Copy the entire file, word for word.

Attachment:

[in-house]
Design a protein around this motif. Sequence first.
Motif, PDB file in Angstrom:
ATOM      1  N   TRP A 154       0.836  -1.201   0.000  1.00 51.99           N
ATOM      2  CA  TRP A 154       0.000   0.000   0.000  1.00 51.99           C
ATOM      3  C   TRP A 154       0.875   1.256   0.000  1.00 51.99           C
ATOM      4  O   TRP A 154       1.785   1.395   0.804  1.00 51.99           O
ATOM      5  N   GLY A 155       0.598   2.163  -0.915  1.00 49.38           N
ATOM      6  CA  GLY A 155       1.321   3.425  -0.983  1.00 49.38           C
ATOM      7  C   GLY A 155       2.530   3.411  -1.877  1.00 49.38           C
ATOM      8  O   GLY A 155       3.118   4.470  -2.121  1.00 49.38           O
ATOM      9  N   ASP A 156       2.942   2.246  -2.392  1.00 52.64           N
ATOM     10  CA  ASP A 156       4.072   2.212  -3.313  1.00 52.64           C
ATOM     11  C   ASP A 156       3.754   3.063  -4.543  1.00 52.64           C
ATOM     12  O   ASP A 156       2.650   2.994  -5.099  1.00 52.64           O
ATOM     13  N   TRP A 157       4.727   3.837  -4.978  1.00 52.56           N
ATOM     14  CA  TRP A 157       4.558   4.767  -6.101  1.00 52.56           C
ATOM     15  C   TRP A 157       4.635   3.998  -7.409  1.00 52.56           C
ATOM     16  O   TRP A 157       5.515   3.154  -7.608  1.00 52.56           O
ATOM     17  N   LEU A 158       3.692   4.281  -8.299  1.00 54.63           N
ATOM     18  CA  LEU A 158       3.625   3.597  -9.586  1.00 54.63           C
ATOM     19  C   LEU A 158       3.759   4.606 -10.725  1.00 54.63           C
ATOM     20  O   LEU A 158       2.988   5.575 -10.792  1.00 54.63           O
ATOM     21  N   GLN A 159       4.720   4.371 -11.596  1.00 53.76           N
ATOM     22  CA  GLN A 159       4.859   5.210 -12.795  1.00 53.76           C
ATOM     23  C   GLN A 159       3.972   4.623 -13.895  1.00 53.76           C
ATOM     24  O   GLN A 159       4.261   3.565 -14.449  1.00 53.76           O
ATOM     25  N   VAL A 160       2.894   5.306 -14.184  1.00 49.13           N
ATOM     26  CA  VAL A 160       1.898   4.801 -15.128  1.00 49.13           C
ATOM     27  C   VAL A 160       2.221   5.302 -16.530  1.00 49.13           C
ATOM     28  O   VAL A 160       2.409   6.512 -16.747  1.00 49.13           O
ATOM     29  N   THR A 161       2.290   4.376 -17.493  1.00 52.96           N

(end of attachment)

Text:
[in-house]
Design a protein around this motif. Sequence first.
Motif, PDB file in Angstrom:
ATOM      1  N   TRP A 154       0.836  -1.201   0.000  1.00 51.99           N
ATOM      2  CA  TRP A 154       0.000   0.000   0.000  1.00 51.99           C
ATOM      3  C   TRP A 154       0.875   1.256   0.000  1.00 51.99           C
ATOM      4  O   TRP A 154       1.785   1.395   0.804  1.00 51.99           O
ATOM      5  N   GLY A 155       0.598   2.163  -0.915  1.00 49.38           N
ATOM      6  CA  GLY A 155       1.321   3.425  -0.983  1.00 49.38           C
ATOM      7  C   GLY A 155       2.530   3.411  -1.877  1.00 49.38           C
ATOM      8  O   GLY A 155       3.118   4.470  -2.121  1.00 49.38           O
ATOM      9  N   ASP A 156       2.942   2.246  -2.392  1.00 52.64           N
ATOM     10  CA  ASP A 156       4.072   2.212  -3.313  1.00 52.64           C
ATOM     11  C   ASP A 156       3.754   3.063  -4.543  1.00 52.64           C
ATOM     12  O   ASP A 156       2.650   2.994  -5.099  1.00 52.64           O
ATOM     13  N   TRP A 157       4.727   3.837  -4.978  1.00 52.56           N
ATOM     14  CA  TRP A 157       4.558   4.767  -6.101  1.00 52.56           C
ATOM     15  C   TRP A 157       4.635   3.998  -7.409  1.00 52.56           C
ATOM     16  O   TRP A 157       5.515   3.154  -7.608  1.00 52.56           O
ATOM     17  N   LEU A 158       3.692   4.281  -8.299  1.00 54.63           N
ATOM     18  CA  LEU A 158       3.625   3.597  -9.586  1.00 54.63           C
ATOM     19  C   LEU A 158       3.759   4.606 -10.725  1.00 54.63           C
ATOM     20  O   LEU A 158       2.988   5.575 -10.792  1.00 54.63           O
ATOM     21  N   GLN A 159       4.720   4.371 -11.596  1.00 53.76           N
ATOM     22  CA  GLN A 159       4.859   5.210 -12.795  1.00 53.76           C
ATOM     23  C   GLN A 159       3.972   4.623 -13.895  1.00 53.76           C
ATOM     24  O   GLN A 159       4.261   3.565 -14.449  1.00 53.76           O
ATOM     25  N   VAL A 160       2.894   5.306 -14.184  1.00 49.13           N
ATOM     26  CA  VAL A 160       1.898   4.801 -15.128  1.00 49.13           C
ATOM     27  C   VAL A 160       2.221   5.302 -16.530  1.00 49.13           C
ATOM     28  O   VAL A 160       2.409   6.512 -16.747  1.00 49.13           O
ATOM     29  N   THR A 161       2.290   4.376 -17.493  1.00 52.96           N